Buying a new mountain bike these days can be intimidating. There are so many options, variations, and "innovations"; but what's really going to affect the way your new bike rides?
Whether you're new to mountain biking or a seasoned rider, surely the wheel size debate has consumed a conversation or two about your current or future bike. The terminology alone can be exhausting. Now combine this with Downhill Dan swearing you'll win World Cups if you get a 27+ bike, and Chris the Climber assuring you the ability to get to the top of anything if you’re on a 29er, and you may be wondering what the truth is.
Let's take a deeper look at what exactly the viable wheel size options on a modern mountain bike are and what they really mean for your riding:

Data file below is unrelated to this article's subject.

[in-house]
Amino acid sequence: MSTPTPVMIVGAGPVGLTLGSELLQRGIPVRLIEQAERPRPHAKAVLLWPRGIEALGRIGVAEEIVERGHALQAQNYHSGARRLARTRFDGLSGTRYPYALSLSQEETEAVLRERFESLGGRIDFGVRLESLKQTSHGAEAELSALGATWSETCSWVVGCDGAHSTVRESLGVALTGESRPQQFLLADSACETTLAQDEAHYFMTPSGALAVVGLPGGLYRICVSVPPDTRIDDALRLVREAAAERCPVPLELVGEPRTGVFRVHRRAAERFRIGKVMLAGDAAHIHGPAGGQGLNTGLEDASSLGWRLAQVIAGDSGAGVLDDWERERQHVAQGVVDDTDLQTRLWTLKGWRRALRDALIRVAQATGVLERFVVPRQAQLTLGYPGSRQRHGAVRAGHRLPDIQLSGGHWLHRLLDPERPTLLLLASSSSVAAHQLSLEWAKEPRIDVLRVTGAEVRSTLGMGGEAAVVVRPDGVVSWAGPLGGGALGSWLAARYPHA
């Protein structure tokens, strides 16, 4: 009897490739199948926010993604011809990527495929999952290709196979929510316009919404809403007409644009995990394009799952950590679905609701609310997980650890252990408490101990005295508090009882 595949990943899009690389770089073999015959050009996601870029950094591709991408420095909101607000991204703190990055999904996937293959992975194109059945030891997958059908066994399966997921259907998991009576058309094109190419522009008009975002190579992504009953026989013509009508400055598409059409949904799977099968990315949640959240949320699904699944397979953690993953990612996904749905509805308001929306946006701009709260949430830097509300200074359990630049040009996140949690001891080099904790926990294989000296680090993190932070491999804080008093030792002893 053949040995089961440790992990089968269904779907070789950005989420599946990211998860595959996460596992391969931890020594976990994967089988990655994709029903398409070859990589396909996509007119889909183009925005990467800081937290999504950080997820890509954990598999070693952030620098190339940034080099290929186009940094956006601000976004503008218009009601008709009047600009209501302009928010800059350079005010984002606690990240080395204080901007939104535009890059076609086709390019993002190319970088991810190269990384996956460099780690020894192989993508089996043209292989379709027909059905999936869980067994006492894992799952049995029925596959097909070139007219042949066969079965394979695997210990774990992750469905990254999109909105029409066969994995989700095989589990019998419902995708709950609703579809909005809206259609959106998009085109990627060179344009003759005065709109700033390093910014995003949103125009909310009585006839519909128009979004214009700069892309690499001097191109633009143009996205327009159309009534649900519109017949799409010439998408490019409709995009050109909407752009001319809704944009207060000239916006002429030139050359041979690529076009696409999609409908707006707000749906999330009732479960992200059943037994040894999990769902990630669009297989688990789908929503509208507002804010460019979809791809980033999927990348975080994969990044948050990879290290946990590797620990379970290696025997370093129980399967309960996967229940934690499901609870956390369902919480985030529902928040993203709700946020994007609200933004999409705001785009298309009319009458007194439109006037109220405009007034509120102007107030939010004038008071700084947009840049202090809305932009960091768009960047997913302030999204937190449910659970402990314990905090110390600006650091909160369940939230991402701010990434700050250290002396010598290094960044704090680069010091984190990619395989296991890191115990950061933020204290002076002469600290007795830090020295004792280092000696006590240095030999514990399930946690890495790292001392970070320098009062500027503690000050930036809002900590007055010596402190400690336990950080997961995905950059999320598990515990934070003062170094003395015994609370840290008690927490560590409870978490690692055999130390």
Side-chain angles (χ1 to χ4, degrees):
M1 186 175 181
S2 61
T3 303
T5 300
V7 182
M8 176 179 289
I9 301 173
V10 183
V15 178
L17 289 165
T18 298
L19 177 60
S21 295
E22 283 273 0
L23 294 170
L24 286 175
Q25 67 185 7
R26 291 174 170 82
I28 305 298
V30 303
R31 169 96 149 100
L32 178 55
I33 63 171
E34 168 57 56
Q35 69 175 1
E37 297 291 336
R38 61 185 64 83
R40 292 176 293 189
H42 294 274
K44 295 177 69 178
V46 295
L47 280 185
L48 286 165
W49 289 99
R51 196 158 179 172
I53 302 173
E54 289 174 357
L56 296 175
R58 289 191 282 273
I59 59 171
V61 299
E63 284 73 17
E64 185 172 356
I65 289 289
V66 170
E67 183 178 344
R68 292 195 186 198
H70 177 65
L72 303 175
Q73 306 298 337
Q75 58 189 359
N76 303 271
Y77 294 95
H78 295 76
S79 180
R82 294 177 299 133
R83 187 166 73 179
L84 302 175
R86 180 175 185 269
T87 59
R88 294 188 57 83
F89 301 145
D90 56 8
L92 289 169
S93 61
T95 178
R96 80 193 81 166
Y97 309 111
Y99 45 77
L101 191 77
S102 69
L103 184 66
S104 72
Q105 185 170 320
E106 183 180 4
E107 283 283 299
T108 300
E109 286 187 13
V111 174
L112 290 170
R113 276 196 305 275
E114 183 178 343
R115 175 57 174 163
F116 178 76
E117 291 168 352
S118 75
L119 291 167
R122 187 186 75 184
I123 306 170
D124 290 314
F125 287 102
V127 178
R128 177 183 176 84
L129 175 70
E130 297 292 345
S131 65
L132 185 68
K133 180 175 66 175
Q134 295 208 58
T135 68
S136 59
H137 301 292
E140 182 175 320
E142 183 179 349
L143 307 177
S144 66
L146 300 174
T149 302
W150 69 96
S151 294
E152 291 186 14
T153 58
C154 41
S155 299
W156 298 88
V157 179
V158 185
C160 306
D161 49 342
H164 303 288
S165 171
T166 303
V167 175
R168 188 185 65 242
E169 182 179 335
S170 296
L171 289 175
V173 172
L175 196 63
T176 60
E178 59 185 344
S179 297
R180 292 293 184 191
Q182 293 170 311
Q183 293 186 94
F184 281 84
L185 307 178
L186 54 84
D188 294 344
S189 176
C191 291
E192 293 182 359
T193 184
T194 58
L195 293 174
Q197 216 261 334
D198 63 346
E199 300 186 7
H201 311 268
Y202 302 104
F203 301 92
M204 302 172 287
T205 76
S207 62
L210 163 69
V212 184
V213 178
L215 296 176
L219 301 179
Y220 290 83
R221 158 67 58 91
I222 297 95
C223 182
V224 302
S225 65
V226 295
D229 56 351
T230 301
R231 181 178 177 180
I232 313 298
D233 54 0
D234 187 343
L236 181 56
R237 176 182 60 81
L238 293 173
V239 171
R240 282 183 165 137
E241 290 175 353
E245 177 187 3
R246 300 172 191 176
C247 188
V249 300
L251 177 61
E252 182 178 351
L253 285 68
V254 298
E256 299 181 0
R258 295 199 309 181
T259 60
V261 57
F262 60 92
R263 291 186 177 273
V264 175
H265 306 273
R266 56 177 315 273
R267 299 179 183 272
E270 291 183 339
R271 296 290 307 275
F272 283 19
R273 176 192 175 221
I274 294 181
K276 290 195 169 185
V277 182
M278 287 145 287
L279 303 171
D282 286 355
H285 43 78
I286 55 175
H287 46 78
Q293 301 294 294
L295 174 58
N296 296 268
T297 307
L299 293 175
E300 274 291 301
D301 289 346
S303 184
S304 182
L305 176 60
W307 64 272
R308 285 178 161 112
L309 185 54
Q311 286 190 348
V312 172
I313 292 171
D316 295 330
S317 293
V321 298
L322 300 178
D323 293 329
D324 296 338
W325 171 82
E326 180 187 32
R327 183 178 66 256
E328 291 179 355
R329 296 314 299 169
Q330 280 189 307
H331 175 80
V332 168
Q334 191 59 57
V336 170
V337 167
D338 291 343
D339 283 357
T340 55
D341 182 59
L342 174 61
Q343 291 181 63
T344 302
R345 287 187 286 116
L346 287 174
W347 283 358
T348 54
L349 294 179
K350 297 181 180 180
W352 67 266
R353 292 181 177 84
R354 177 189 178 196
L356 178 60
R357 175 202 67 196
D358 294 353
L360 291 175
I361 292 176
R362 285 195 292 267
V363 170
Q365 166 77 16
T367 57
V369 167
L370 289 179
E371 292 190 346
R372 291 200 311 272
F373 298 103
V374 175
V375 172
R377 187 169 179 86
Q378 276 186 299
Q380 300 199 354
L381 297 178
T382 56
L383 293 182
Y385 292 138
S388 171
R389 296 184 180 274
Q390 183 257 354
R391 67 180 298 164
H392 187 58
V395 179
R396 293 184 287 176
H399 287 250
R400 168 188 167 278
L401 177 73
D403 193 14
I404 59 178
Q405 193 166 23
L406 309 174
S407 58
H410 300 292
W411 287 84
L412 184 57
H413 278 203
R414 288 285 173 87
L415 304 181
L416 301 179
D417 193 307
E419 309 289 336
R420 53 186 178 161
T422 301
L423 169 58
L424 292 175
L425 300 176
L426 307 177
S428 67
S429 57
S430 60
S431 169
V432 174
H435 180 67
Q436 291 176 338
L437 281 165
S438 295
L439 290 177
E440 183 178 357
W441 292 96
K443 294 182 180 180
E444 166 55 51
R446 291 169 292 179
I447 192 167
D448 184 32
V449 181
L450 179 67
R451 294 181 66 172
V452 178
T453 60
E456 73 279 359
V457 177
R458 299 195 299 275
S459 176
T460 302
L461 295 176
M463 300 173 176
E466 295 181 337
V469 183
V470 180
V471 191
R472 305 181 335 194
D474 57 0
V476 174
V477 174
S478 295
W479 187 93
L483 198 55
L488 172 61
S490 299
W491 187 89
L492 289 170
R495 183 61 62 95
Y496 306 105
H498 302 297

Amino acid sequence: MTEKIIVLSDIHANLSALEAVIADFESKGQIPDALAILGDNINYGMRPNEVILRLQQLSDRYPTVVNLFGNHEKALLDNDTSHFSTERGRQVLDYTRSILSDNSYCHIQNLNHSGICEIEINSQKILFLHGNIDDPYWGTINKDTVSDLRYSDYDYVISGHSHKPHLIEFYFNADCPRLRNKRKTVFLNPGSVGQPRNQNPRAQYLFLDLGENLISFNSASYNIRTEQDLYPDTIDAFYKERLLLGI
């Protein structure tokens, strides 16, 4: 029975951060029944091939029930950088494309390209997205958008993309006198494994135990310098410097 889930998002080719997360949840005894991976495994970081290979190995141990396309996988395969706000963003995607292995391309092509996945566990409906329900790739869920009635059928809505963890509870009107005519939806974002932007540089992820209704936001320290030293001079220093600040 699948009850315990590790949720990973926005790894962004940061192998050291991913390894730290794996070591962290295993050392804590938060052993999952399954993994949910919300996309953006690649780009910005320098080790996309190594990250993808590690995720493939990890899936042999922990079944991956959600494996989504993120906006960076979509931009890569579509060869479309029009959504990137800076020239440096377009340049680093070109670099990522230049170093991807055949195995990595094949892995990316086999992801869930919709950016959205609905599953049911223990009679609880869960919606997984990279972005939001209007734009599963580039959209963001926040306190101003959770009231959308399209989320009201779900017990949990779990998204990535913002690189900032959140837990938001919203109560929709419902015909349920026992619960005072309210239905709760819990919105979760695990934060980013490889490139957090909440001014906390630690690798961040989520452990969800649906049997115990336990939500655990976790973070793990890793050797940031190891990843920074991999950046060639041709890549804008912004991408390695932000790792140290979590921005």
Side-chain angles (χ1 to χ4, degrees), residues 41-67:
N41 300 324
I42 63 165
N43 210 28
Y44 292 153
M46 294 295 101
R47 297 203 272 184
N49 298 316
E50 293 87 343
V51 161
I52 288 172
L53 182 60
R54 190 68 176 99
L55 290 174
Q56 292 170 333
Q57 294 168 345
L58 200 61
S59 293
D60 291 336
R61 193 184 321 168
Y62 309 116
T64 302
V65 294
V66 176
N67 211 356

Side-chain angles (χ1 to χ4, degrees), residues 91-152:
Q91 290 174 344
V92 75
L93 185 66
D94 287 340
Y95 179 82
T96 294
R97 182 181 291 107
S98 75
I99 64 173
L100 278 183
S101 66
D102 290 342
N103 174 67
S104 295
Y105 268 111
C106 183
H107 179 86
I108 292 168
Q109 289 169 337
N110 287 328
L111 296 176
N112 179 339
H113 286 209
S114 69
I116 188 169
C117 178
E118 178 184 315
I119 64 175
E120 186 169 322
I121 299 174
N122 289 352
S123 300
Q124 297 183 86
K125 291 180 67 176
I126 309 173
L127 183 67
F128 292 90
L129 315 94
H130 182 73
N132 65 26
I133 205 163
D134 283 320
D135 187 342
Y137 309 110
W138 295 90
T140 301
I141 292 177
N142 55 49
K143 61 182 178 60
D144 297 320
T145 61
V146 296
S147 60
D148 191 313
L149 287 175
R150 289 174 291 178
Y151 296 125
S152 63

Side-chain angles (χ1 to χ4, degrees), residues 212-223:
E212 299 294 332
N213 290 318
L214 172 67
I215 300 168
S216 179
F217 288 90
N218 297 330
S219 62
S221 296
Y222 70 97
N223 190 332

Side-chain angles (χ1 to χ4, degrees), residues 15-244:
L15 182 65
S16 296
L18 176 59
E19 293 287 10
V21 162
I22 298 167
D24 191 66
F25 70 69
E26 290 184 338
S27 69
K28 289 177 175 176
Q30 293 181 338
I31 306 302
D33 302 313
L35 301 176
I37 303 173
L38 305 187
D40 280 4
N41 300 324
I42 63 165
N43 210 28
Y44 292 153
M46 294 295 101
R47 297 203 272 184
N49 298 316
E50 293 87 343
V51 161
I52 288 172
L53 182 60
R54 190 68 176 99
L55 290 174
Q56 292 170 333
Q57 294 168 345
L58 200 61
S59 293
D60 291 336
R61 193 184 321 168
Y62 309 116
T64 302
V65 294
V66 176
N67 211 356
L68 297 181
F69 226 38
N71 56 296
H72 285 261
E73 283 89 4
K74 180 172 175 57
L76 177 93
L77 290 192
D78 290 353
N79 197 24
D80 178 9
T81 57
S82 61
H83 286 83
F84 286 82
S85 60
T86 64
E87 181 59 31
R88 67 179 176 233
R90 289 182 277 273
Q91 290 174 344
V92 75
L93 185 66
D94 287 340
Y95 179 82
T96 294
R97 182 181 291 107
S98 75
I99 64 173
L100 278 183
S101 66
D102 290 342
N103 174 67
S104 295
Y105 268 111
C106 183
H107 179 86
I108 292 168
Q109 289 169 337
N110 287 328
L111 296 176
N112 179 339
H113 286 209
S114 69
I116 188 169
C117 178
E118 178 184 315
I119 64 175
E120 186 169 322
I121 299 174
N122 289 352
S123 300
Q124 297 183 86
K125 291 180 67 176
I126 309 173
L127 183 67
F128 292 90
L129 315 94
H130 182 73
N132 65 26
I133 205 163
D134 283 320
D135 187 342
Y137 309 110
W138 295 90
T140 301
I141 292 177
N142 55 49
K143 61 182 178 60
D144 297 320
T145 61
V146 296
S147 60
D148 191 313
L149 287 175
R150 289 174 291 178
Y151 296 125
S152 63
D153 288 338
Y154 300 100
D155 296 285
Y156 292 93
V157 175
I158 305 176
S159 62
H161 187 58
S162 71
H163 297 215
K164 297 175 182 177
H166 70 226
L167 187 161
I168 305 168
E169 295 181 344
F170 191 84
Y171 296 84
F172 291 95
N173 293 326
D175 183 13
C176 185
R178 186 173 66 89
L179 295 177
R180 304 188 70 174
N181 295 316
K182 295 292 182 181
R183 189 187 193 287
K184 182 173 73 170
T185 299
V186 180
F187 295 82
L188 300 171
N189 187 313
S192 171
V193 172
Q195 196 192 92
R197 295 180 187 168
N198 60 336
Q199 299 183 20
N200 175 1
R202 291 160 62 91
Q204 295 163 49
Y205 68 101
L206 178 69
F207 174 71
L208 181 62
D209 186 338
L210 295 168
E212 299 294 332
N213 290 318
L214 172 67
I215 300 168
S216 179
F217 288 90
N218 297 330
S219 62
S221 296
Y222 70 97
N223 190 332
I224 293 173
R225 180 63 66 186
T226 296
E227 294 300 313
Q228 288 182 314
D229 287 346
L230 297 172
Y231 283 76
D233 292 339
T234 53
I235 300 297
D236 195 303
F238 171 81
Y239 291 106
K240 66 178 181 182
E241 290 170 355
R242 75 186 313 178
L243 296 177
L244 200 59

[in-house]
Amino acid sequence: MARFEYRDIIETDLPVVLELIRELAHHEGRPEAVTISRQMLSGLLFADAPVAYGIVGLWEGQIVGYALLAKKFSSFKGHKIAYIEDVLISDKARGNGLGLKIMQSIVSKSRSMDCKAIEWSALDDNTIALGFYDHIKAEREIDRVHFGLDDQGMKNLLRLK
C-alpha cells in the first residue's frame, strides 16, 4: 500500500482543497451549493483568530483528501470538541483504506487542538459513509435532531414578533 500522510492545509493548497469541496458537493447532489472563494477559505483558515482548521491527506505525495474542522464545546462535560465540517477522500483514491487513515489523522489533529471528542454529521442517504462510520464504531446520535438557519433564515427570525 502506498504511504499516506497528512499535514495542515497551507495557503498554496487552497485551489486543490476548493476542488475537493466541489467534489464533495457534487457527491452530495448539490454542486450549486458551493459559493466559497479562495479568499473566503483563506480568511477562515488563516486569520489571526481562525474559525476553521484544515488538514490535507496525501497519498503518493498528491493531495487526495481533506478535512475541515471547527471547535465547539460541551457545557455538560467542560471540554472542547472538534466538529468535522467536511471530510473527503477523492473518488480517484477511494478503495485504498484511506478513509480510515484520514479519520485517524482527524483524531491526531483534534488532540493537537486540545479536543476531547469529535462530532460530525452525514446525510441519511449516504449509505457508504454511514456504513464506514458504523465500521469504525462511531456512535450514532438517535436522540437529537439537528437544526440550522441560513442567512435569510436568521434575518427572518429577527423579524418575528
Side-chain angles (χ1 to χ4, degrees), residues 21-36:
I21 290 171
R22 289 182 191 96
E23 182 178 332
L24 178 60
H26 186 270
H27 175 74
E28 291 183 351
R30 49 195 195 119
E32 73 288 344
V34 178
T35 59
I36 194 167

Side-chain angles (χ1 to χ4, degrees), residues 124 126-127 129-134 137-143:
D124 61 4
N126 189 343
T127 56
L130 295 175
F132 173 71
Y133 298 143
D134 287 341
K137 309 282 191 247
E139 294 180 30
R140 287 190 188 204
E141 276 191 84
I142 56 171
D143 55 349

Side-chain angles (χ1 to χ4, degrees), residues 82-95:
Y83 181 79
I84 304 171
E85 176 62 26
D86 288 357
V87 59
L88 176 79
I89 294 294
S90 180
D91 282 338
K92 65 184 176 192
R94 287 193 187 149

Making their mainstream debut in the early 2010's, 29ers were first designed and marketed for cross-country applications. This is the largest wheel size available, and has since been adopted by many genres of cycling beyond just XC, including both downhill and trail/enduro.
29" wheels are known to be fast. They have more rolling mass and therefore inertia, helping to keep you rolling once up to speed and carrying you over small rocks and bumps on the trail. Due to the larger circumference, they also have a larger contact patch with the ground, which can provide more traction while climbing, braking, and cornering. This larger contact patch also allows the wheel to roll over rather than into obstacles easier, as compared to the smaller/steeper contact patch and curve of a 26” wheel.
BONUS: Most 29” XC wheels can fit a standard 700c road tire. This makes utilizing your mountain bike on a stationary trainer or rollers a breeze during winter months.